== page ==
On the other side of the spectrum, SYRIZA and its leader Alexis Tsipras have used the incident to blame the previous Government of New Democracy and EU migration policy, which as he argued “turns the Mediterranean, our seas, into watery graves”.
More precisely, Alexis Tsipras in a meeting with caretaker Minister of Civil Protection, Evangelos Tournas, asked for an immediate investigation into why the Greek Coast Guard did not intervene immediately, highlighting information on delays and mishandling that lead to the tragedy.
Moreover, this rhetoric is part of the general strategy followed by SYRIZA after the 1st round on 21st of May. They emphasize on a strong and coherent Opposition, which can be secured with a strong society and social state against New Democracy, which is considered and presented as an “unaccountable regime”.
Last but not least, PASOK-KINAL one of the winners of the first round intensified its work, and especially Nikos Androulakis, used the differentiation of himself and the party from SYRIZA as a cornerstone for the campaign. In this way, they are attempting to gain the “undecided voters” and people from the center and center-left sides of the political spectrum.
As far as the incident in Pylos is considered, Adroulakis brings his European experience and political arguments regarding the migration crisis. He states that the migration-refugee issue will escalate in the next decades and Greece and the EU should be prepared. The reasons can vary (climate change or because of conflicts and strong terror organisations), but the results will be the same if we do not act accordingly. Moreover, he asked the caretaker government for answers to what really happened. “We hear many things and it would be good if they were clarified," he said, additing that he believes that the fence in Evros prevents Turkiye's strategy of instrumentalising migration to the level of a hybrid war. Therefore, we can identify that PASOK-KINAL stands somewhere in between the policies and political proposals of New Democracy and SYRIZA.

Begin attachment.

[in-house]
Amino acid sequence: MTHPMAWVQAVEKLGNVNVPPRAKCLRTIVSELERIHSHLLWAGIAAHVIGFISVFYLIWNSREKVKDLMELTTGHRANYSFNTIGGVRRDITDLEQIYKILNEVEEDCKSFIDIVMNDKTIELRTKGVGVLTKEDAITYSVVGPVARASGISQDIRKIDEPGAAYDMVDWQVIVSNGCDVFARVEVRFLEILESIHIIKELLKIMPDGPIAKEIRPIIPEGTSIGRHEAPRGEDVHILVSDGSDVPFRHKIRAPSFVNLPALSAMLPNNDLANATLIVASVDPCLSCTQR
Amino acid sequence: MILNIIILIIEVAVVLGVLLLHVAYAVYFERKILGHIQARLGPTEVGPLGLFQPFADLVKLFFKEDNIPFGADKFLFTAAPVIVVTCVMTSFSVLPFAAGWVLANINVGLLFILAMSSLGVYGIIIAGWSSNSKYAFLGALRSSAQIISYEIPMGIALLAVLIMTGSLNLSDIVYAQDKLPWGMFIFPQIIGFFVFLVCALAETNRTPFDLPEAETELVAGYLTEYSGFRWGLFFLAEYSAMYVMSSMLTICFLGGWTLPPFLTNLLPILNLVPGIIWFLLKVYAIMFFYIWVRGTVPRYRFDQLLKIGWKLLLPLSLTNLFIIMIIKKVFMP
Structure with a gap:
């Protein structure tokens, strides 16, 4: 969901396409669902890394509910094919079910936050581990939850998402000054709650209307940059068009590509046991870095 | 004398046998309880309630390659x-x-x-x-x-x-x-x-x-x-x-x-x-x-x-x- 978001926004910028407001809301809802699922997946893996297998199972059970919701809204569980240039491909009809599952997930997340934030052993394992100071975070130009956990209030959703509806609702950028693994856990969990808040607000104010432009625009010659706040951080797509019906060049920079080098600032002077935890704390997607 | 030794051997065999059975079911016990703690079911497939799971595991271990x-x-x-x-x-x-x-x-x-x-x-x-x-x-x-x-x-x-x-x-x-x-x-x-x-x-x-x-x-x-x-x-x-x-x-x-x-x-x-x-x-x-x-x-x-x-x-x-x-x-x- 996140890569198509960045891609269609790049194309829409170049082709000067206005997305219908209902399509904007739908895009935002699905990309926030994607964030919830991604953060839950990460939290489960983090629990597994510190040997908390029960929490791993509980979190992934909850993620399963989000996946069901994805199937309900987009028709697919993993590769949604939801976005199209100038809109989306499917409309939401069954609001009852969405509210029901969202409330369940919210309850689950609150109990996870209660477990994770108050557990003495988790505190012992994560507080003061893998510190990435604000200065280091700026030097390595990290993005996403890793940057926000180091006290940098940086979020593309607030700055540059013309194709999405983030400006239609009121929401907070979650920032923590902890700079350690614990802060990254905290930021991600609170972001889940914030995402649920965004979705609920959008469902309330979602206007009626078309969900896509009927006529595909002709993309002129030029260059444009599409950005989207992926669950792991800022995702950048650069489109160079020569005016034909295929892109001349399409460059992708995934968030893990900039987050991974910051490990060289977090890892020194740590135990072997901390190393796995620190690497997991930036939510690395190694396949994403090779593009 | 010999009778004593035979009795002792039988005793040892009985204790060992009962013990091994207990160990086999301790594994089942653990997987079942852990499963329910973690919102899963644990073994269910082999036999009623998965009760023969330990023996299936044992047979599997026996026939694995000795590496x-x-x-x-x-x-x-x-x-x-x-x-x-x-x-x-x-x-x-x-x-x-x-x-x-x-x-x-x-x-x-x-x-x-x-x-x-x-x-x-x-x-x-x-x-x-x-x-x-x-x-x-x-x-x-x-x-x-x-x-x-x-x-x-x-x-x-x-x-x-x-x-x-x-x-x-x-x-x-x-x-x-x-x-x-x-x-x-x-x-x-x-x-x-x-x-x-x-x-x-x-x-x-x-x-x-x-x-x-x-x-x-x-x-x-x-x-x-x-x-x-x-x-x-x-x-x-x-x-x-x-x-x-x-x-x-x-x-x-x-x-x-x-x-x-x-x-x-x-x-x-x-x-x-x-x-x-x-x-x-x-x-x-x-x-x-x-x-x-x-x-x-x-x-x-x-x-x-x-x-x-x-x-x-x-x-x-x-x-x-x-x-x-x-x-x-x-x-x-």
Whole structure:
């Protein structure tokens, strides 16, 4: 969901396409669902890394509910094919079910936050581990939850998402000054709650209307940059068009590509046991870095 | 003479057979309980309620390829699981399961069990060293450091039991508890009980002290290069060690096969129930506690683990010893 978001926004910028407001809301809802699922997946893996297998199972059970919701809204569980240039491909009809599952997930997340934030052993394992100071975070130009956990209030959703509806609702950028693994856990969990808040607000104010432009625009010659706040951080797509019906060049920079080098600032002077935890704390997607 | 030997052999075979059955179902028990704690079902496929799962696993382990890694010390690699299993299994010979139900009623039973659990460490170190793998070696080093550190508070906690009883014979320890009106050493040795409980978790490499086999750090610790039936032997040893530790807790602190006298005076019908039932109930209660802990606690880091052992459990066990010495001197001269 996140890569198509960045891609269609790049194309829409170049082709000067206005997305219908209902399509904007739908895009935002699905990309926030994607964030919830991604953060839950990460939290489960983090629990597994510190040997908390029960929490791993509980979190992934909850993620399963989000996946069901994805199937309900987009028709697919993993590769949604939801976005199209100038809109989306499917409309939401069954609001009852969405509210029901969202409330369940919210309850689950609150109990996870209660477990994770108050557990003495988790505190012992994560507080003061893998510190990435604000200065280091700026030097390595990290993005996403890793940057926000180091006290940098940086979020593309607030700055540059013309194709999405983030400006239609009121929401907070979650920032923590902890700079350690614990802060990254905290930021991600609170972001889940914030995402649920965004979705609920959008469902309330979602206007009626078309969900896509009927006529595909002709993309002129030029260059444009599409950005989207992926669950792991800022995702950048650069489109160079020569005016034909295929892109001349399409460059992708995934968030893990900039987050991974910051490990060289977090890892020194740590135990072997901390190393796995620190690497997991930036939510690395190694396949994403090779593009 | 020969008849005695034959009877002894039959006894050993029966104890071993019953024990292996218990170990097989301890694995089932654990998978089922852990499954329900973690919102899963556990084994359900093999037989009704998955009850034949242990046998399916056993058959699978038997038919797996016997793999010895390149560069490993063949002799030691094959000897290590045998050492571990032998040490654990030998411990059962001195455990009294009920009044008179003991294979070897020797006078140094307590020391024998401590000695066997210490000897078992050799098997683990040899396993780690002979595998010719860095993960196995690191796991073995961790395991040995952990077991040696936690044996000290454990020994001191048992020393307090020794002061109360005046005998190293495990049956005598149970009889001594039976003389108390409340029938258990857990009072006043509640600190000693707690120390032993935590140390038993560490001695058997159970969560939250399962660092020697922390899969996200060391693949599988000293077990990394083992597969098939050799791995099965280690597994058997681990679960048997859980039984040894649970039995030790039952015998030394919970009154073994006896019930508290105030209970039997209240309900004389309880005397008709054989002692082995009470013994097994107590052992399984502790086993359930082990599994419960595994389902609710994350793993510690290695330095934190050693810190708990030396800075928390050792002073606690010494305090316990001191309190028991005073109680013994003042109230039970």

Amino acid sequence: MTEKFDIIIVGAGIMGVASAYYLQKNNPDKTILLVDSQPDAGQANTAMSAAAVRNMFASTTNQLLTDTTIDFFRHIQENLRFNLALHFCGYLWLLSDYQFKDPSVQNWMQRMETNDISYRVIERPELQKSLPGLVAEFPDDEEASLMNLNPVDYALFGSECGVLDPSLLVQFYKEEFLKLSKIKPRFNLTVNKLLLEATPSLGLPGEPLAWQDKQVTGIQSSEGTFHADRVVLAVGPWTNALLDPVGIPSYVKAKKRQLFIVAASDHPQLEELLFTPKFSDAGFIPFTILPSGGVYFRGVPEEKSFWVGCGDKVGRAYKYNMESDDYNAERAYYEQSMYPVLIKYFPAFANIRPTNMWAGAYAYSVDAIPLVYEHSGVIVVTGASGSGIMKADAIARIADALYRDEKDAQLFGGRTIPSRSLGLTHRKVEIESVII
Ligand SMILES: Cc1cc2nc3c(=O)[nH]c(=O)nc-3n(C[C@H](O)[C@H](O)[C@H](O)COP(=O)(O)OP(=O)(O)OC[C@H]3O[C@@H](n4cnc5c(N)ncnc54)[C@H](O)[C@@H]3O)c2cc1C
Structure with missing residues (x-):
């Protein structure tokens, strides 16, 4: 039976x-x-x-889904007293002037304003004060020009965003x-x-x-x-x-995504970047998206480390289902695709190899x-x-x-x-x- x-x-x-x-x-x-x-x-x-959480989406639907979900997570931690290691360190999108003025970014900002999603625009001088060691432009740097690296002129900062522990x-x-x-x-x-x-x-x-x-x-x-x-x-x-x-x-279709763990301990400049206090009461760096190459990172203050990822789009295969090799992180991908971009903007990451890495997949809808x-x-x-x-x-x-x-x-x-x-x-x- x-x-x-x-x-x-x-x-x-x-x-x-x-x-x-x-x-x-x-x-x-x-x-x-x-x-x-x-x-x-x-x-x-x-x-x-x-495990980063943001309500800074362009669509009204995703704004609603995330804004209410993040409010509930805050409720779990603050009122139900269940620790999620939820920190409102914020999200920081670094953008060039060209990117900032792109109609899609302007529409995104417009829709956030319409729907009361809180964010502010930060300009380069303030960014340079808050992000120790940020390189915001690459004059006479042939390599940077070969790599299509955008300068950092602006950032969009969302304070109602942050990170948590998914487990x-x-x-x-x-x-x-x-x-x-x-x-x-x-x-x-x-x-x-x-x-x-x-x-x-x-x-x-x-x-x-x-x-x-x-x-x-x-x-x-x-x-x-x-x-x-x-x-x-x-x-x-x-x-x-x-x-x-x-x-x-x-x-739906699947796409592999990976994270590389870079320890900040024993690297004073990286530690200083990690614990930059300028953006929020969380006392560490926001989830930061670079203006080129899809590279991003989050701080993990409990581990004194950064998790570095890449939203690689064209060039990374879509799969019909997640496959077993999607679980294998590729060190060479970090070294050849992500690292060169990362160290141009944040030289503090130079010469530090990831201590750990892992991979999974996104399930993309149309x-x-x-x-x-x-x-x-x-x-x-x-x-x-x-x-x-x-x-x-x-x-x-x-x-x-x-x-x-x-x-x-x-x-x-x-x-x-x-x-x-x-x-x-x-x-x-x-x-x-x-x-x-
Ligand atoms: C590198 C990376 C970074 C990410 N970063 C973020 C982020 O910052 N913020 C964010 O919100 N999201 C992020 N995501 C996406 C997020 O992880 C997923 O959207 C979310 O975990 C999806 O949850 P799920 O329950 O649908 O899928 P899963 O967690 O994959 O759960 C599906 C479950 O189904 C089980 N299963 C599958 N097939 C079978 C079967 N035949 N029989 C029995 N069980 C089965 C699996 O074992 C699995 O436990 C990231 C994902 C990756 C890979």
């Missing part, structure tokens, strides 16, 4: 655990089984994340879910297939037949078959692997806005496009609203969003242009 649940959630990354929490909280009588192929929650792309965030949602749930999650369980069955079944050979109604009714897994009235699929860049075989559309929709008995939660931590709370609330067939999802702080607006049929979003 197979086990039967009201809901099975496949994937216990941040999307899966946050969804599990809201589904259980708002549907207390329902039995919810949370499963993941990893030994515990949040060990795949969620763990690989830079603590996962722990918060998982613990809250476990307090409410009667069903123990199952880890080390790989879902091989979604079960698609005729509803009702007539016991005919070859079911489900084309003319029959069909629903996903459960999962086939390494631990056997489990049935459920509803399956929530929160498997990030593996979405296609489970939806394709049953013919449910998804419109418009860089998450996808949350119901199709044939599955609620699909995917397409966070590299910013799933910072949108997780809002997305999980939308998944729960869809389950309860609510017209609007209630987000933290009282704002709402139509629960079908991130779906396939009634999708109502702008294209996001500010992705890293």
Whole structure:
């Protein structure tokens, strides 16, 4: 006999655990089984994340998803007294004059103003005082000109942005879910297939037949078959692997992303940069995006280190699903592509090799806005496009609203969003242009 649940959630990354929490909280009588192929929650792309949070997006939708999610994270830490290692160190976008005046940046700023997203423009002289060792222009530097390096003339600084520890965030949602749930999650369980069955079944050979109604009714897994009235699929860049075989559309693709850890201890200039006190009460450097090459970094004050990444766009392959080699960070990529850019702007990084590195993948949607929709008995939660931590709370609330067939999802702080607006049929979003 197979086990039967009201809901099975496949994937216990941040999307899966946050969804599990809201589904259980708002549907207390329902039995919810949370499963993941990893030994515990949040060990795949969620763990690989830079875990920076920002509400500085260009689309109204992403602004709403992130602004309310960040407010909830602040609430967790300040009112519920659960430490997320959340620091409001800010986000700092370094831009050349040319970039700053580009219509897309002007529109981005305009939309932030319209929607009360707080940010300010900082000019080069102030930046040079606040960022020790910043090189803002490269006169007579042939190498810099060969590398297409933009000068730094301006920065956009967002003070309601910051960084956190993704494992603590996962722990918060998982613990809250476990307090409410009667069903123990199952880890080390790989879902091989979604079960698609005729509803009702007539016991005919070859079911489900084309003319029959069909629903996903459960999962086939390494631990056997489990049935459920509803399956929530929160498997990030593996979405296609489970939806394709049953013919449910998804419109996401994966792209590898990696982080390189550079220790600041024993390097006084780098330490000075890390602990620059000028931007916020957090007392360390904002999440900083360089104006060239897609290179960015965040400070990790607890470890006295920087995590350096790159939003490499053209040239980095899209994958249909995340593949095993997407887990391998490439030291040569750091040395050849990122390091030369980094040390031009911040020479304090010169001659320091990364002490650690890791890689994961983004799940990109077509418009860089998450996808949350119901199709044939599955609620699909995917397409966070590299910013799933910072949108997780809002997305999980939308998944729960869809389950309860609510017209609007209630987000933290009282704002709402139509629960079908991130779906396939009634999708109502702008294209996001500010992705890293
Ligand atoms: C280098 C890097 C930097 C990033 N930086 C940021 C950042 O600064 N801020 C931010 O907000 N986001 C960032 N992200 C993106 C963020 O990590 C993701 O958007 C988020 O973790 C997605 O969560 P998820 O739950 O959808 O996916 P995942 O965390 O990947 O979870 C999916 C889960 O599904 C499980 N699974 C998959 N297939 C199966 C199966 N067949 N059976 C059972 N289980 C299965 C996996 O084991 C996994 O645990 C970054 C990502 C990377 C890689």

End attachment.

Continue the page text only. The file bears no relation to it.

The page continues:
Need for action
Taking all these into consideration, and the political polarization due to the elections, Greeks organized demonstrations in big cities asking for research and answers for the loss of those human lives.
The European Commission brushed aside pressure from international organizations to launch an independent probe into the conduct of the Greek authorities for the shipwreck. The alarming and tragic incident that lead to the loss of people’s lives, came once again on the surface to remind us of the urgent need for a common, united EU migration policy focused on solidarity and the protection of human life and dignity.
Only some weeks ago, at the beginning of June, the member states of the EU agreed on a New Migration Policy Pact, which, among other things, focuses on a common asylum procedure (fast-tracked border procedures), new solidarity mechanism, and modification of Dublin rules. The Agreement was not without resistance and negotiations among the Member States, with some countries welcoming the alterations and others answering with criticism.
Greece’s responsibilities, which has repeatedly committed illegal border violations and so-called pushbacks should be examined, and Europe should promote a vital and long-lasting solution that will create safe and secured routes for those in need and accommodate the internal and external security of the Union.